STEMatState: Eco-Friendly Embassies

April 9, 2014
Bumble-bee Searches Nectar in a Lavender Flower

Global climate change is a challenge that requires innovations in science, engineering, technology and mathematics (STEM) to solve. The Department of State’s Greening Diplomacy Initiative (GDI) is using STEM to make the Department a leading global organization in sustainability. At the USA Science and Engineering Festival, visitors will be able to see some of STEM innovations we use here in D.C. and at our missions abroad -- from smart energy meters and solar panels, to rainwater collectors and onsite wetlands. These innovations allow our embassies and consulates to serve as both laboratories and showcases for more sustainable cities, workplaces, and residences. Participants will see demonstrations of technologies and practices that U.S. missions around the world use to become more eco-friendly.

Innovators at the Department have worked on ways to reduce water use by storing rainwater and by recycling greywater for car washing and landscaping. Some, like Embassy Nairobi, even have an onsite wetland that treats wastewater, mimicking nature to reduce energy use and environmental impact. Others, like Consulate General Tijuana incorporated local and drought-resistant plants and features into its landscaping, drastically reducing its monthly water use, and providing friendly habitat for pollinators.

In Australia, a country where water is scarce but sunshine is plentiful, Embassy Canberra has been working to reduce both its water and grid energy use. The embassy harvests and stores rainwater for landscaping, reducing its use of potable water from the municipality. Creative engineers, facility managers and green team members took a look at how the embassy and its affiliated properties used water, and saw an opportunity to use technology to reduce its impact further; nearly all of its residential water is heated by the sun, instead of by grid electricity.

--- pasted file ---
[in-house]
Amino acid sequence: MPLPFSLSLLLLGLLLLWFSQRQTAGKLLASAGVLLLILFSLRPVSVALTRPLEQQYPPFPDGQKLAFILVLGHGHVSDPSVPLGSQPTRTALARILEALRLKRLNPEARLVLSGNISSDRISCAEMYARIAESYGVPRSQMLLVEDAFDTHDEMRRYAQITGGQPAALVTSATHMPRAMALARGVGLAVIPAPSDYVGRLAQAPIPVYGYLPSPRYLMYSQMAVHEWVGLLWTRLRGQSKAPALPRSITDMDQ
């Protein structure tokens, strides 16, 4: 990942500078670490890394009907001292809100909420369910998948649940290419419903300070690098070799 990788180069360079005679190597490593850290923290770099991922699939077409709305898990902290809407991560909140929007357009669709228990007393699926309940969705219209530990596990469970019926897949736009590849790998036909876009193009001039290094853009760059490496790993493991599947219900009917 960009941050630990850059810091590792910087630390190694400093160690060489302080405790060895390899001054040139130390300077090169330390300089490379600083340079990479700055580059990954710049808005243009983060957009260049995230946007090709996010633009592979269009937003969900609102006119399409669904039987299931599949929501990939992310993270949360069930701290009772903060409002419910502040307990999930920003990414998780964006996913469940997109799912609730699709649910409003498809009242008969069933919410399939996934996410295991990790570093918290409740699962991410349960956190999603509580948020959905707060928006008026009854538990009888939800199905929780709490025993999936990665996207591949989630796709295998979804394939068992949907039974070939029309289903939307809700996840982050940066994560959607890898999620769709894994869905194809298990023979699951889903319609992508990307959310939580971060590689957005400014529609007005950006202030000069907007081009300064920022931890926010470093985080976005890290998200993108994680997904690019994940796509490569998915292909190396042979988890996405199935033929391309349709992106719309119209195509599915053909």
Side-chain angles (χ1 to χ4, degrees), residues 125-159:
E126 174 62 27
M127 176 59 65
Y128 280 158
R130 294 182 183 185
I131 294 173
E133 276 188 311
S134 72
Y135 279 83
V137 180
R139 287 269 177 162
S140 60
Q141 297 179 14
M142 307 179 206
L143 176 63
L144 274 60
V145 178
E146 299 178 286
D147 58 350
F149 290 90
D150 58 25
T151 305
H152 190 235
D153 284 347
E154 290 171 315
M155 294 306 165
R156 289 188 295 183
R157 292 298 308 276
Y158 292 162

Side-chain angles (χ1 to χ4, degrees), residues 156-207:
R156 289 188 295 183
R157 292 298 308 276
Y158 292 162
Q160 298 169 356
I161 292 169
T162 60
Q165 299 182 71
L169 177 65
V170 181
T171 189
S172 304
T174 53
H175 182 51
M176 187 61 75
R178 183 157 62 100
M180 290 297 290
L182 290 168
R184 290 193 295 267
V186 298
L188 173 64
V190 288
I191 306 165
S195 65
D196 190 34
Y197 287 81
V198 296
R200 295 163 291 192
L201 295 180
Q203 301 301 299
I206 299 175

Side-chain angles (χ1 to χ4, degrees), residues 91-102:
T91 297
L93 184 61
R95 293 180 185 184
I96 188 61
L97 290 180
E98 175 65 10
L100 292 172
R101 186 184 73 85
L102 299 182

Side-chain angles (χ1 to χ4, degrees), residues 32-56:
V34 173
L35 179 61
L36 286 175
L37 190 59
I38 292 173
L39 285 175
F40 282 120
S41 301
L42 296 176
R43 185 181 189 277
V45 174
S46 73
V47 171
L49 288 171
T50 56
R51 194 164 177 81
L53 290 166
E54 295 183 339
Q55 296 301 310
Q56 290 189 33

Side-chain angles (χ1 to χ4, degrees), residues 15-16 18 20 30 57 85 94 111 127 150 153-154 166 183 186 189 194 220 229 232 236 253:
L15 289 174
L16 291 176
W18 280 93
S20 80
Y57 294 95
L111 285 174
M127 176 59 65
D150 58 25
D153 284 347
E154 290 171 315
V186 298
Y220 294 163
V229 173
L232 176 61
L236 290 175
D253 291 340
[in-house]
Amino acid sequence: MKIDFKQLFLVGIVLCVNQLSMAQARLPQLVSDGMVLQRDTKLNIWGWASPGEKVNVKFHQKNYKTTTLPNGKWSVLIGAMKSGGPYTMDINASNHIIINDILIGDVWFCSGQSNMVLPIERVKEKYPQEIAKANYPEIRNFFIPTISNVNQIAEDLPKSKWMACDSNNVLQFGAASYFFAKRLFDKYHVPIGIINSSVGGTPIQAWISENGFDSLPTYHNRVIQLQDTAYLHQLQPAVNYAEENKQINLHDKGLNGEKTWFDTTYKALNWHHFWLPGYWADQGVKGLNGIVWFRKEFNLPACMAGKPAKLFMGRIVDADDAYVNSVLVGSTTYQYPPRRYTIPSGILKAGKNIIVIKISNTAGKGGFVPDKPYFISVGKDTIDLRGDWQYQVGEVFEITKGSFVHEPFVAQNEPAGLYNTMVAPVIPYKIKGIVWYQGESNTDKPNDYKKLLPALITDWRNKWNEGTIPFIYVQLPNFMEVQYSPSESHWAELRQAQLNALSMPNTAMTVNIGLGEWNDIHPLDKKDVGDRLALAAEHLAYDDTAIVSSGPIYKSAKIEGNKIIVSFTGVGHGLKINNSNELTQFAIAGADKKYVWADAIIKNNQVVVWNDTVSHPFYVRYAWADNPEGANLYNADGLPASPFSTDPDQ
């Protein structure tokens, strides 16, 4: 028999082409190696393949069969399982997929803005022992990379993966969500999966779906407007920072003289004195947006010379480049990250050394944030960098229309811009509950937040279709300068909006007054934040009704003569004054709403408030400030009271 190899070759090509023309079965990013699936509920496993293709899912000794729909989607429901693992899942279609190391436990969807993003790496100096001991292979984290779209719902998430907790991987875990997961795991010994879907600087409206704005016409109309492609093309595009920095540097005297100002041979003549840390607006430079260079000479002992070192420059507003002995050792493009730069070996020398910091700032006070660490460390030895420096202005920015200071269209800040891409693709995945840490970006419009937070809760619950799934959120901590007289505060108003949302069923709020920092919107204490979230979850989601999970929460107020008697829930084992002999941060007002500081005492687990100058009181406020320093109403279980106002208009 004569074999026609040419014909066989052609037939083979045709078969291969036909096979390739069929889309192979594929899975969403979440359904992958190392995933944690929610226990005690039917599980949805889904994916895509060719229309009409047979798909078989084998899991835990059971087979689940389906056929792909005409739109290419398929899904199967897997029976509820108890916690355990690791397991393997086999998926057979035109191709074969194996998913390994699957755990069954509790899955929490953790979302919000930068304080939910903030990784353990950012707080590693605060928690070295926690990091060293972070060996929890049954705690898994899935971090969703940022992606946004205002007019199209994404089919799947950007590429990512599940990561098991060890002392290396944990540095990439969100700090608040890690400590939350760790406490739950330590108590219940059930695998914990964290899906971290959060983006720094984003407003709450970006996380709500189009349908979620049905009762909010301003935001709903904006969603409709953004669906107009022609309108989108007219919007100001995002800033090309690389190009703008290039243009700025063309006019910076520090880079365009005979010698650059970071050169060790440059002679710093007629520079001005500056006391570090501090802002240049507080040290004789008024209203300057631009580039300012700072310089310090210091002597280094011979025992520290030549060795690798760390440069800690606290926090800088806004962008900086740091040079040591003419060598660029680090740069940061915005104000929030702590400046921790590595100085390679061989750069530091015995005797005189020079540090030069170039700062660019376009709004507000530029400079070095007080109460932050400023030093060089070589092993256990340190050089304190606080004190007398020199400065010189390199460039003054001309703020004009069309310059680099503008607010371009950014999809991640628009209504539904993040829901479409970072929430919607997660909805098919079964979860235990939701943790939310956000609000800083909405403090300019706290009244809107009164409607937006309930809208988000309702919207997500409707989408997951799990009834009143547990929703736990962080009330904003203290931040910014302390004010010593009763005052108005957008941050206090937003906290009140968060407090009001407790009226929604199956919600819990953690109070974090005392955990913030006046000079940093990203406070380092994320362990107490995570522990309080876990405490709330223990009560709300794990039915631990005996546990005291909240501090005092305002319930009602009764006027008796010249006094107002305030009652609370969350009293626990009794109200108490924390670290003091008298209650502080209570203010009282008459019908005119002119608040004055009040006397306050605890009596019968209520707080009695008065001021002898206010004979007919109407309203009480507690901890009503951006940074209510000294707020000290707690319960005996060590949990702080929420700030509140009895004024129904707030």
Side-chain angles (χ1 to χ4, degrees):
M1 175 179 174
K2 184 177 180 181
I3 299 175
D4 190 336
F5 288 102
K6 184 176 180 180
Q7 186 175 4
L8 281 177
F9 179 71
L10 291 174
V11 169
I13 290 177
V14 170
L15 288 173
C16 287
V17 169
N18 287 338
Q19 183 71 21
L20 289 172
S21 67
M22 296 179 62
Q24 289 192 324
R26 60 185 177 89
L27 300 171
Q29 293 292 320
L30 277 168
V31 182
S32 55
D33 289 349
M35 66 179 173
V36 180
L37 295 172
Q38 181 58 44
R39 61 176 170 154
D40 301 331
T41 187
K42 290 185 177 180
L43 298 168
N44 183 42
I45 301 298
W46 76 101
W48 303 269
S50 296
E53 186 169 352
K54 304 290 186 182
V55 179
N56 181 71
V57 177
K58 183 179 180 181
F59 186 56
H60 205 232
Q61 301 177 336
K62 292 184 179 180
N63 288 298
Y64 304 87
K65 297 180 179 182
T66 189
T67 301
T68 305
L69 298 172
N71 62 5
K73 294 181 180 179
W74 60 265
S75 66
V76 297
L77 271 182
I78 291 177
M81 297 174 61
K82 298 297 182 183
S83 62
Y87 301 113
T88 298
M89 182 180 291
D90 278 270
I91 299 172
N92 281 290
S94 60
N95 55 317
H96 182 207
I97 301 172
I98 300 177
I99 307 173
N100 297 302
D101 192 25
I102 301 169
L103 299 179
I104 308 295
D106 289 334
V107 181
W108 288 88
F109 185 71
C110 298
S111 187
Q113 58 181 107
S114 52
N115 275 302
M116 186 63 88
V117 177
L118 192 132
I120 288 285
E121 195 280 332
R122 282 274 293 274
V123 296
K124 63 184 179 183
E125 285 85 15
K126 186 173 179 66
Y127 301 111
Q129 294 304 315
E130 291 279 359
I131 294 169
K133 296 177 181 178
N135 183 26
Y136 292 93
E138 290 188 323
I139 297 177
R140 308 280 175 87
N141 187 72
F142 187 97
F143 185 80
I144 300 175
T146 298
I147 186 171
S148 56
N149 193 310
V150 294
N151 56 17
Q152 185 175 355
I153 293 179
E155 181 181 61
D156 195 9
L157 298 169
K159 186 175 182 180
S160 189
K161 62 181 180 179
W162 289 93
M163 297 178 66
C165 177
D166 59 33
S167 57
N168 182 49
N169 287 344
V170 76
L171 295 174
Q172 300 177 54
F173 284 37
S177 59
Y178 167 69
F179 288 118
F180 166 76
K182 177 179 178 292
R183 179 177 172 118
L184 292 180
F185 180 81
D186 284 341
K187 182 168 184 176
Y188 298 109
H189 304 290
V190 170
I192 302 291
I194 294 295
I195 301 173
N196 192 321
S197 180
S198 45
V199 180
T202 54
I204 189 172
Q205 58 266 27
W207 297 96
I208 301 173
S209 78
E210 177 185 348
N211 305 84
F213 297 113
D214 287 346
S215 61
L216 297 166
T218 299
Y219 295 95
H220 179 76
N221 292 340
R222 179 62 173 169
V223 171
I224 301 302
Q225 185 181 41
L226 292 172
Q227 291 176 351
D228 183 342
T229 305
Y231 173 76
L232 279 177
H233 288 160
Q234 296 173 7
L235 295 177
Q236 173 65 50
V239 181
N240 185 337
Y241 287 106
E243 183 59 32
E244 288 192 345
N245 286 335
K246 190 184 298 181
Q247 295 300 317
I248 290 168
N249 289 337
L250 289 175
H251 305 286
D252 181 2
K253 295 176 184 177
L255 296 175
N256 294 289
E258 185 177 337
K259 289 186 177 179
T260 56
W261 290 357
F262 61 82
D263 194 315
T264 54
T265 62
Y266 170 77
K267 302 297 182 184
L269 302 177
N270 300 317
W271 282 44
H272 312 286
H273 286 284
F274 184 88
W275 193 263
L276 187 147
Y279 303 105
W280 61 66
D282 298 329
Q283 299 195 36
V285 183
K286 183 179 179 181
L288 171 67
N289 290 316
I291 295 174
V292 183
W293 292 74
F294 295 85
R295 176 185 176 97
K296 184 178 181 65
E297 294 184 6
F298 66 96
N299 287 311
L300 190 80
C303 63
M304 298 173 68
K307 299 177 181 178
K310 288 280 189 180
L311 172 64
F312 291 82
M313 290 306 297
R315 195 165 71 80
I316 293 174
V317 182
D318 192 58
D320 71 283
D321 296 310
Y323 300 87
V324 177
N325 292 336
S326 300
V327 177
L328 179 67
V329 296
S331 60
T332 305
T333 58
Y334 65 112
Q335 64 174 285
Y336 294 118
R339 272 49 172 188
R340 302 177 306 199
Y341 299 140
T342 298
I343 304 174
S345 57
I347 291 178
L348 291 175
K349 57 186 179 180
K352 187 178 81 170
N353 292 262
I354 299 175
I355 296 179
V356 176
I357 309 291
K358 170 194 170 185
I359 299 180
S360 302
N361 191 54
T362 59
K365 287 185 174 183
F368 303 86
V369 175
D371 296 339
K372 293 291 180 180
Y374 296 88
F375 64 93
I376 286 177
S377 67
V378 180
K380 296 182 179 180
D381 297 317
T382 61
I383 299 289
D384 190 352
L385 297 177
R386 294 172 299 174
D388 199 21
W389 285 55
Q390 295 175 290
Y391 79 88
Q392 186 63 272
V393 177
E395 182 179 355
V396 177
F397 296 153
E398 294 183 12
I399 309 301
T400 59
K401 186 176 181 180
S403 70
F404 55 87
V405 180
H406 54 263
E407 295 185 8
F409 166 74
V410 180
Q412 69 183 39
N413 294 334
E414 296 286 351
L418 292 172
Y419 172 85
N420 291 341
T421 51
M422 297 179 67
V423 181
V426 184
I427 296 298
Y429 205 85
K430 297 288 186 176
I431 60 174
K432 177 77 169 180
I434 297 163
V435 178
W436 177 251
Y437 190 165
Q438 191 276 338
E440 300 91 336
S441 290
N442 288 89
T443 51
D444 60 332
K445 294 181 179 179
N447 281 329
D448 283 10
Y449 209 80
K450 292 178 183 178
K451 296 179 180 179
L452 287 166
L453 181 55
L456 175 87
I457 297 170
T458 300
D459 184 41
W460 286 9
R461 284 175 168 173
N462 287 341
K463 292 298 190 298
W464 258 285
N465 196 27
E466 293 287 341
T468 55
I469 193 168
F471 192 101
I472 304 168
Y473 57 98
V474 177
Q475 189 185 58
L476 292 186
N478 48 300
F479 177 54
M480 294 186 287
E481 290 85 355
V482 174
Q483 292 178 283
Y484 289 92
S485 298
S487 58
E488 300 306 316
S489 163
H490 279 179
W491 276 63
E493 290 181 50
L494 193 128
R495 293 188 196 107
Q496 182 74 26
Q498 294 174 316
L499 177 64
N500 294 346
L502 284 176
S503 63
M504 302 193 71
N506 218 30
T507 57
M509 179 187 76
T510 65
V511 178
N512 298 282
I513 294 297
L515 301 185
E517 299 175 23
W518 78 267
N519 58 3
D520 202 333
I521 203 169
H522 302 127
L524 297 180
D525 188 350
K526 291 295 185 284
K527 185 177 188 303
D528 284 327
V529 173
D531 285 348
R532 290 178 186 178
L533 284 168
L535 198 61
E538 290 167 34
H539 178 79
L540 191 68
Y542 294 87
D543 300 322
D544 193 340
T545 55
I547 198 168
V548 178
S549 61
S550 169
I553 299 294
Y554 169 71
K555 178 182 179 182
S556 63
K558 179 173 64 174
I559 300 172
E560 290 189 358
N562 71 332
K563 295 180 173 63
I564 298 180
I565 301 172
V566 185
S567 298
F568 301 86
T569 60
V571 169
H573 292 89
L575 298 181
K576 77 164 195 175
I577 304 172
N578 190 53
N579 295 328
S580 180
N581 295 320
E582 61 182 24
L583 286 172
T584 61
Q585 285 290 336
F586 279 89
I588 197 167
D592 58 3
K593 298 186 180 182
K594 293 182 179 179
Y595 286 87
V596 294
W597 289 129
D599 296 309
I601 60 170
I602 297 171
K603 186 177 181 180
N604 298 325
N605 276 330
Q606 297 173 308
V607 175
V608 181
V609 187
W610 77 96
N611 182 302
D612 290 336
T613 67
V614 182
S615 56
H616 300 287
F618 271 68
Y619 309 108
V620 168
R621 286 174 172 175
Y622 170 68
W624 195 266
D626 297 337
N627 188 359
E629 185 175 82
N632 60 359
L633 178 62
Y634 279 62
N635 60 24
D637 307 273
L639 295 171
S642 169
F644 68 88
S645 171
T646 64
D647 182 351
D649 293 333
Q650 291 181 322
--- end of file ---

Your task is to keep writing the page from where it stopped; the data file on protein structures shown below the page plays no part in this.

Solar water heaters can work one of two ways, either by installing the water collector in a way that allows warm water to rise and be piped through the house, or by using pumps to circulate water. The Department of Energy calculates that the average household in the United States spends $400-600 on water heating each year. Thanks to the power of engineering and design, Embassy Canberra has both reduced both its annual costs and carbon footprint. Many embassies and consulates around the world have also installed solar hot water heaters, such as Embassy New Delhi, Consulate General Dubai, and Embassy Pretoria.

You can learn about more water and energy conservation measures at the festival in D.C. We are excited to meet students and their parents there. Unable to make it to the conference but want to learn more? We welcome your questions and ideas via social media; you can tweet us @StateGDI or like us on Facebook. Let us know what you think!

About the Author: Caroline D'Angelo serves as a Eco-Mangement Analyst at the Department of State.

Editor's Note: This post is one of a series showcasing the application of science, technology, engineering, and math fields to the Department mission. The Department will have an exhibit in the USA Science and Engineering Festival where K-12 students can talk to Department scientists and see first-hand some of the technologies referenced in the series. To learn more about the Department of State's efforts in STEM, visit www.state.gov/stem.

.

Latest Stories

Pages